A few months back I decided to move my Web hosting over to Media Temple for several reasons… More space, ability to host multiple Web sites on a single account (and not just with domain forwarding) along with a lot more disk space. However – the real cool part of MT is the usage of their Grid-Service (GS) platform. Lately my own Web sites have been affected by some performance issues just like when the Grid-Service was put online… Latent Web site performance, seemingly numerous maintenance windows, etc. Knowing that I really only pulled in just over 3100 visits from around 2100 users in November (13 GB transfer) really meant that such outages weren’t really that much of an impact on my low volume Web sites.
However – this observational story of mine comes in two parts…
Part One – What is Grid Computing?
You would think that with a grid computing model that MT has in place would allow individual Web sites for flip around to different servers and I should “never” seen an outage… So why am I impacted? Is it really a grid system? Well – MT doesn’t really release any information about the technical nature of their hosting plans… There’s some nice “feel-good” information online that really sells the product… But again – light on details.
Now, for my daytime job – I architect & engineer fairly large WebSphere XD clusters for a large financial company. Probably have $10M spent on software and hardware alone… We’re clustered all over the place, N+1, no single points of failure… blah blah blah – and it really seems to work… Most of the time… However – just like MT – we have single points of failure when it comes to infrastructure outside of the application hosting model… For MT – this now seems to be related to their storage systems. So with great designs – decisions as to what gets engineered for different components really make the difference. I’m guessing that a lot of effort went into storage planning at MT – but when you build systems like this for a living (or for a company’s hosting plans) – engineering efforts really just shift the bottlenecks from one system to another. Fix the application layer and you could start having issues with database. Fix the database and you highlight storage performance issues (see a trend here?). It’s a moving effort – and in terms of how technology works – your customers continuously see “issues” all of the time… You have to set the expectation that those items happen… That is unless you get yourself into a circular path of destruction (whaa ha ha ha!!) or if you’re Google…. Okay – next point…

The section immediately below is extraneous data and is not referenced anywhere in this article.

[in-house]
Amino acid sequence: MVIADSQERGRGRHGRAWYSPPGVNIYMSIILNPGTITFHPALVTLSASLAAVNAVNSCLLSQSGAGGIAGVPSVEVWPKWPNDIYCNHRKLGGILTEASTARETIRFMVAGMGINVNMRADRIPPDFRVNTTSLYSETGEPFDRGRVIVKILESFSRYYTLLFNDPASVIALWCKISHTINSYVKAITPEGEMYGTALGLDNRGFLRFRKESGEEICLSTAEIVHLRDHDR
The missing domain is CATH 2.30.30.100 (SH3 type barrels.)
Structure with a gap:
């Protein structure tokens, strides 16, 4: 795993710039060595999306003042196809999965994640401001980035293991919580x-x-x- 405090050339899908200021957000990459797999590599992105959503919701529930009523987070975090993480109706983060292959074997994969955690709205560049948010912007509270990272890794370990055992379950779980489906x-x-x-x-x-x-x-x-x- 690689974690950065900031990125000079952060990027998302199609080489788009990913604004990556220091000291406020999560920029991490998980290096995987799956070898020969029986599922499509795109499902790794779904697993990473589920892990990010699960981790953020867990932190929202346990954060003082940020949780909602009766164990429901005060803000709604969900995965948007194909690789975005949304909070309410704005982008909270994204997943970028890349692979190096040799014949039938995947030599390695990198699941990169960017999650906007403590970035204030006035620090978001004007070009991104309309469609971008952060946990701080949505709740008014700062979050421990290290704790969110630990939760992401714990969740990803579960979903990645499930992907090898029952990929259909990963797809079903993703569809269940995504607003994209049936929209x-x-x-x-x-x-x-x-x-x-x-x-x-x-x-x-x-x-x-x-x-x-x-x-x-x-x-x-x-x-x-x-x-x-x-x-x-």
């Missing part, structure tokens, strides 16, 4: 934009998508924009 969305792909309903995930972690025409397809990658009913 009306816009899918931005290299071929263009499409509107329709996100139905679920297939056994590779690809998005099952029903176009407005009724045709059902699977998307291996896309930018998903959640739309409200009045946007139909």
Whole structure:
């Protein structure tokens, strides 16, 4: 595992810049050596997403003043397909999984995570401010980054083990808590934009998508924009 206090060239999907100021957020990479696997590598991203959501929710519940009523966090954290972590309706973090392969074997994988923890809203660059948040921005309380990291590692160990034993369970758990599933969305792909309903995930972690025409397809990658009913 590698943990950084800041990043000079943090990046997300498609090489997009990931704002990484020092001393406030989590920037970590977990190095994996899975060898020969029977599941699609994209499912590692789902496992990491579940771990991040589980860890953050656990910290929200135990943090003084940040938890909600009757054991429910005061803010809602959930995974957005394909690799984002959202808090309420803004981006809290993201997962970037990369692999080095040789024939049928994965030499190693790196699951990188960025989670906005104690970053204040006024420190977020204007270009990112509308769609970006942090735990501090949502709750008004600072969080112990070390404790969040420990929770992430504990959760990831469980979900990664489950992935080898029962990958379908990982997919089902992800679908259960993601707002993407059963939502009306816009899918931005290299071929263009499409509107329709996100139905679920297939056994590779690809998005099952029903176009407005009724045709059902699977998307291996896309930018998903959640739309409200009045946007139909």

Part Two – Taking Responsibility
Even before I moved my Web sites to MT I rambled a bit about how I liked MT’s company philosophy on taking responsibly. Today there was a note simply called “We Apologize” from Demian Sellfors – CEO of MT.
Media Temple would like to apologize to our (gs) Grid-Service customers for the series of issues relating to the (gs) system in the past few months.
The situation with the storage upgrade is particularly frustrating because the vendor supplied update was intended to fix issues – not create new ones.
This one hits me at work since we fight such items with our own vendors… However, the company I work for (and MT) have a responsibility to provide hosting solution to our business partners. Failures, no matter if by a vendor or by our own actions, are still our responsibility. In this case, MT informs their customers about what has happened, what they’re doing to fix it, and an apology for the effect their service problems have had on their customers. Granted, MT is offering 2 months of credited hosting to help lesson the damages… But I wonder – do most corporate management teams offer their customers 2 free months of service for such ongoing problems? Do corporate customers actually “pay” for their IT services? Could you even offer a refund? Providing ownership and accountability for what services are provide really drive home the benefits and drawbacks of IT resources when there are real dollars involved…
In either case – it’s once again refreshing to see in writing efforts by a company to just do the right thing. (I do wonder what’s happening behind the walls at MT… perhaps not all of their team feel disclosure is best for business… I, for one, champion transparency when put into the right context…)